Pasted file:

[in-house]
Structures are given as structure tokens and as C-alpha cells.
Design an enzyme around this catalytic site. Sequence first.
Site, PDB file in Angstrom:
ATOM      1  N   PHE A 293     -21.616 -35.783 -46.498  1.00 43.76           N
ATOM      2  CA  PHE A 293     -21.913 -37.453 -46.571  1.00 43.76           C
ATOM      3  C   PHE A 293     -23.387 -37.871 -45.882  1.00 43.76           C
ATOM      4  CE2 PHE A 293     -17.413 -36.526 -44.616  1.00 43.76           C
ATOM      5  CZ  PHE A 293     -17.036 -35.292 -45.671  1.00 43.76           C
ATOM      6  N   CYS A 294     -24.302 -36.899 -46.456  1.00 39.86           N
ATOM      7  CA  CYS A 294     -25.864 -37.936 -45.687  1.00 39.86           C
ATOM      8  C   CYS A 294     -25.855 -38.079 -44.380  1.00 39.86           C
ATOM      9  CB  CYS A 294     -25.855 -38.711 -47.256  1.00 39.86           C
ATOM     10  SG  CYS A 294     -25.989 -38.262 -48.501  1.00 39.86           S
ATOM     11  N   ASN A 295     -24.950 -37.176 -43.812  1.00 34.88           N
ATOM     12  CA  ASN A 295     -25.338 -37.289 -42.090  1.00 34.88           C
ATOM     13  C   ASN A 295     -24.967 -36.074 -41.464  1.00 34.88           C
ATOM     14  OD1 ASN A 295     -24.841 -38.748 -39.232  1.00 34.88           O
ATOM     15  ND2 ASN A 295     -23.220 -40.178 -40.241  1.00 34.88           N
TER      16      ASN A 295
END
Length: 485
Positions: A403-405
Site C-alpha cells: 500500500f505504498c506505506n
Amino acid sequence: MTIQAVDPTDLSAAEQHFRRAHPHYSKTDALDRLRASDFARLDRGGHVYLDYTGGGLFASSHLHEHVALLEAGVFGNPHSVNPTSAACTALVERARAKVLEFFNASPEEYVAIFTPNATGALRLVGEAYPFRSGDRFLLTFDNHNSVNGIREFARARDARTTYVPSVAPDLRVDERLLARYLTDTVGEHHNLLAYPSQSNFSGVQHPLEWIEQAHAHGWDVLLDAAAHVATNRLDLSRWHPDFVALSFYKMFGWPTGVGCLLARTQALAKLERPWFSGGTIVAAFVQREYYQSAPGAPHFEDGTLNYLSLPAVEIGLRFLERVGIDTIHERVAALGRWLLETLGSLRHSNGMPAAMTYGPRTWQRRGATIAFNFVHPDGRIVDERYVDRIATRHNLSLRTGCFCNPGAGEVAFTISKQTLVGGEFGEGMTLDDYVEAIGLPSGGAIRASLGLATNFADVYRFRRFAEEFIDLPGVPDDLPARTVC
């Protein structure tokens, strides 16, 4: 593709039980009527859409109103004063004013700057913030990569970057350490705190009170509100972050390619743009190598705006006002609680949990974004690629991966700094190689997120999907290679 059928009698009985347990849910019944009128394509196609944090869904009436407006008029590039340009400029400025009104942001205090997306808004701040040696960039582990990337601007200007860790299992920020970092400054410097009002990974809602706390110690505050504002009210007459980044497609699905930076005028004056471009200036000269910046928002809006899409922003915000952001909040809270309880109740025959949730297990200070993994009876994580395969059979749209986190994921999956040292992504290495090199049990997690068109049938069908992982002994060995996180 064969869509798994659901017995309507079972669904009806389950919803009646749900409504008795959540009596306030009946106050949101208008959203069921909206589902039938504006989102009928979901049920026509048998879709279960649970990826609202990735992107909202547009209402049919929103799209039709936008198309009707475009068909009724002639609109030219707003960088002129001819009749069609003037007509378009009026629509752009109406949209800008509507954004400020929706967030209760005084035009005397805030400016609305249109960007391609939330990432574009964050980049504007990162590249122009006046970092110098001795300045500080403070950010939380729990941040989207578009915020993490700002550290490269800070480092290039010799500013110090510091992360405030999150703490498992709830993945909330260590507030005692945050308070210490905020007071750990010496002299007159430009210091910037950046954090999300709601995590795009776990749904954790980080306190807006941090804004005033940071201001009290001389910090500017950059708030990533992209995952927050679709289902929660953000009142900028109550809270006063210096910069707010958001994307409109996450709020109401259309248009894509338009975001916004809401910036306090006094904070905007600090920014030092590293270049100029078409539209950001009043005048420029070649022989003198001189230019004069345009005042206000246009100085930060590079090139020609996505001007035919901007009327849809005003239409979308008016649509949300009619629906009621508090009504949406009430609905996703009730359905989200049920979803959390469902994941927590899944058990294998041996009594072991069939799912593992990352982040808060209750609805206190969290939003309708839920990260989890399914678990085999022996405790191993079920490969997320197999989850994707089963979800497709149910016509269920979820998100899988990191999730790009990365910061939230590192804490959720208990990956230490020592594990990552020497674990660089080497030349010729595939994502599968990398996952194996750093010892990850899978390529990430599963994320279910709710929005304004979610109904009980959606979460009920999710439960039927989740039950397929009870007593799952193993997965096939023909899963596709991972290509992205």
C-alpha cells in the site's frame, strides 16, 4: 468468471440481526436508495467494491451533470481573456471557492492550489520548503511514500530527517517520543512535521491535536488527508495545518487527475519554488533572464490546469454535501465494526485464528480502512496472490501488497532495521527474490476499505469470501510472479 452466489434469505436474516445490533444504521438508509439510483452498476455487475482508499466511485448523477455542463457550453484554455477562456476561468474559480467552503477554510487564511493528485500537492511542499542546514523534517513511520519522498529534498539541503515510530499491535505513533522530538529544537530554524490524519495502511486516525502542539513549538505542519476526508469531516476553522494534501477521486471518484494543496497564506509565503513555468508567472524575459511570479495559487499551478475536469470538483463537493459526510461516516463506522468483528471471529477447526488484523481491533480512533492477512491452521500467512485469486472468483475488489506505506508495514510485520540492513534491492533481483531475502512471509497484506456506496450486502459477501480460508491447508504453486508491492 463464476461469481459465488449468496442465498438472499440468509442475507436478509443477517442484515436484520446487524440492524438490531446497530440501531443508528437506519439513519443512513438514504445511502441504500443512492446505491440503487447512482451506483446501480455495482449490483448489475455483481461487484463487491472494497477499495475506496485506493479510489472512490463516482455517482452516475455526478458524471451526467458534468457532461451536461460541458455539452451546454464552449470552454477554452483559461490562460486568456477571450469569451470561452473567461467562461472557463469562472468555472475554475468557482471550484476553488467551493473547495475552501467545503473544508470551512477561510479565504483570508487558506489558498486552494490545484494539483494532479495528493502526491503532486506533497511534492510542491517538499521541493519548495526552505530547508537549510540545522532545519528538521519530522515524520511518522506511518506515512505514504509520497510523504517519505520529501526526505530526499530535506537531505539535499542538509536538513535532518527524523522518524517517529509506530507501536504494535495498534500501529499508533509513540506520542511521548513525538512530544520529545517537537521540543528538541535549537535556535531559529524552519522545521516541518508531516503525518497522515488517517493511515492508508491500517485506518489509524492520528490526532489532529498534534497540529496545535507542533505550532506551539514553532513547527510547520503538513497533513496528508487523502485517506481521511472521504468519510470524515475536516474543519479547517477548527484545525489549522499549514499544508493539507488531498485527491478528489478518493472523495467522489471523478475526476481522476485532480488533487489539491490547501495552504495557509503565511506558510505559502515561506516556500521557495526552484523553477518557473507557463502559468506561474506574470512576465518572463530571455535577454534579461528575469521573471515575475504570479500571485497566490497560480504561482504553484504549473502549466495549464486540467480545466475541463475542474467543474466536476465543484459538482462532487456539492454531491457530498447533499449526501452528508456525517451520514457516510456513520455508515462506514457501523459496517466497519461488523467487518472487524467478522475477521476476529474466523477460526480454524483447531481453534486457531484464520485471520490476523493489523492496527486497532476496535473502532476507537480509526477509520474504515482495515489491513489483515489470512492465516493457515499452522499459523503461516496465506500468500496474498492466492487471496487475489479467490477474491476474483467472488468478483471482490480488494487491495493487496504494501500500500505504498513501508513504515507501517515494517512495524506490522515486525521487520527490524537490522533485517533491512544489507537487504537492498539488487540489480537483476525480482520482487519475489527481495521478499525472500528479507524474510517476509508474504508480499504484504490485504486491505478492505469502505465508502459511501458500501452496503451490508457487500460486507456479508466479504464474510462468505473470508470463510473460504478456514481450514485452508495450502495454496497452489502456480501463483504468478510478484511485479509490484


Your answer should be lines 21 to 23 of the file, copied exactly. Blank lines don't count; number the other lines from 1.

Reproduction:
END
Length: 485
Positions: A403-405